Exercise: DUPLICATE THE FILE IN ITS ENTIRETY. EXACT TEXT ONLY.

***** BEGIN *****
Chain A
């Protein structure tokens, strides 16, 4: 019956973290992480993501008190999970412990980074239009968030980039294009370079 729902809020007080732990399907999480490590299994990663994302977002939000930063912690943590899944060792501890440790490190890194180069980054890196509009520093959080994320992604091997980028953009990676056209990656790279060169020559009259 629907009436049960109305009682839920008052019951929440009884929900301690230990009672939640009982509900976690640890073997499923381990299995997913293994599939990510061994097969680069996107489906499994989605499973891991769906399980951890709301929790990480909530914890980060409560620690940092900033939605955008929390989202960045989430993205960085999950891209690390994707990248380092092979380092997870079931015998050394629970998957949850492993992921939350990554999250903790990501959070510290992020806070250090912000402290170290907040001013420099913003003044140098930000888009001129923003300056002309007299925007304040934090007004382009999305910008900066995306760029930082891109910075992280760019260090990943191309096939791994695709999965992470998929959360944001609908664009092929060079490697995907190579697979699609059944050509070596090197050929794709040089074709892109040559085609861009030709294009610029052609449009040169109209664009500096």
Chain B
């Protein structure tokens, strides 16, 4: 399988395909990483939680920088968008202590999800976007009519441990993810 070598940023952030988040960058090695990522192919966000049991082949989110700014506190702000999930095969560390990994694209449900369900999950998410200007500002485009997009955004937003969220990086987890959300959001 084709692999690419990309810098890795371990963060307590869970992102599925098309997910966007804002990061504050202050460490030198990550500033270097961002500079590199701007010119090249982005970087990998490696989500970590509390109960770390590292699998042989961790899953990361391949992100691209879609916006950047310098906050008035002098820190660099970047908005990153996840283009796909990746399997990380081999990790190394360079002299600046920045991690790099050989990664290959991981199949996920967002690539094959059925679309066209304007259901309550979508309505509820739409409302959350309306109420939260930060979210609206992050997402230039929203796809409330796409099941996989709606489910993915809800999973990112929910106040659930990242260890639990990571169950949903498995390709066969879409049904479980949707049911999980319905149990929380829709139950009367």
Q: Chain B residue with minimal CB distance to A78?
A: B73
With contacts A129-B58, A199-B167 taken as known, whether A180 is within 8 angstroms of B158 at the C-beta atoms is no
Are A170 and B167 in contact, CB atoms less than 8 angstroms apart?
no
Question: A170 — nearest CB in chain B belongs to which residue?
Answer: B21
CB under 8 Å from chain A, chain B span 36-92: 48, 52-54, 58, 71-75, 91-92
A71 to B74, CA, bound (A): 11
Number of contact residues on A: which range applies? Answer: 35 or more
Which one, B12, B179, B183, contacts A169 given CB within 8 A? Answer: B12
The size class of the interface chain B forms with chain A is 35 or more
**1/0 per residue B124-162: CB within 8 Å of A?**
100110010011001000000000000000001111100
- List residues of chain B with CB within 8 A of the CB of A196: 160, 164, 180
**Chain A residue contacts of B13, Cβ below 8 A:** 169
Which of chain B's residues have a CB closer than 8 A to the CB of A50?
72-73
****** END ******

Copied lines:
Chain A
């Protein structure tokens, strides 16, 4: 019956973290992480993501008190999970412990980074239009968030980039294009370079 729902809020007080732990399907999480490590299994990663994302977002939000930063912690943590899944060792501890440790490190890194180069980054890196509009520093959080994320992604091997980028953009990676056209990656790279060169020559009259 629907009436049960109305009682839920008052019951929440009884929900301690230990009672939640009982509900976690640890073997499923381990299995997913293994599939990510061994097969680069996107489906499994989605499973891991769906399980951890709301929790990480909530914890980060409560620690940092900033939605955008929390989202960045989430993205960085999950891209690390994707990248380092092979380092997870079931015998050394629970998957949850492993992921939350990554999250903790990501959070510290992020806070250090912000402290170290907040001013420099913003003044140098930000888009001129923003300056002309007299925007304040934090007004382009999305910008900066995306760029930082891109910075992280760019260090990943191309096939791994695709999965992470998929959360944001609908664009092929060079490697995907190579697979699609059944050509070596090197050929794709040089074709892109040559085609861009030709294009610029052609449009040169109209664009500096």
Chain B
């Protein structure tokens, strides 16, 4: 399988395909990483939680920088968008202590999800976007009519441990993810 070598940023952030988040960058090695990522192919966000049991082949989110700014506190702000999930095969560390990994694209449900369900999950998410200007500002485009997009955004937003969220990086987890959300959001 084709692999690419990309810098890795371990963060307590869970992102599925098309997910966007804002990061504050202050460490030198990550500033270097961002500079590199701007010119090249982005970087990998490696989500970590509390109960770390590292699998042989961790899953990361391949992100691209879609916006950047310098906050008035002098820190660099970047908005990153996840283009796909990746399997990380081999990790190394360079002299600046920045991690790099050989990664290959991981199949996920967002690539094959059925679309066209304007259901309550979508309505509820739409409302959350309306109420939260930060979210609206992050997402230039929203796809409330796409099941996989709606489910993915809800999973990112929910106040659930990242260890639990990571169950949903498995390709066969879409049904479980949707049911999980319905149990929380829709139950009367």
Q: Chain B residue with minimal CB distance to A78?
A: B73
With contacts A129-B58, A199-B167 taken as known, whether A180 is within 8 angstroms of B158 at the C-beta atoms is no
Are A170 and B167 in contact, CB atoms less than 8 angstroms apart?
no
Question: A170 — nearest CB in chain B belongs to which residue?
Answer: B21
CB under 8 Å from chain A, chain B span 36-92: 48, 52-54, 58, 71-75, 91-92
A71 to B74, CA, bound (A): 11
Number of contact residues on A: which range applies? Answer: 35 or more
Which one, B12, B179, B183, contacts A169 given CB within 8 A? Answer: B12
The size class of the interface chain B forms with chain A is 35 or more
**1/0 per residue B124-162: CB within 8 Å of A?**
100110010011001000000000000000001111100
- List residues of chain B with CB within 8 A of the CB of A196: 160, 164, 180
**Chain A residue contacts of B13, Cβ below 8 A:** 169
Which of chain B's residues have a CB closer than 8 A to the CB of A50?
72-73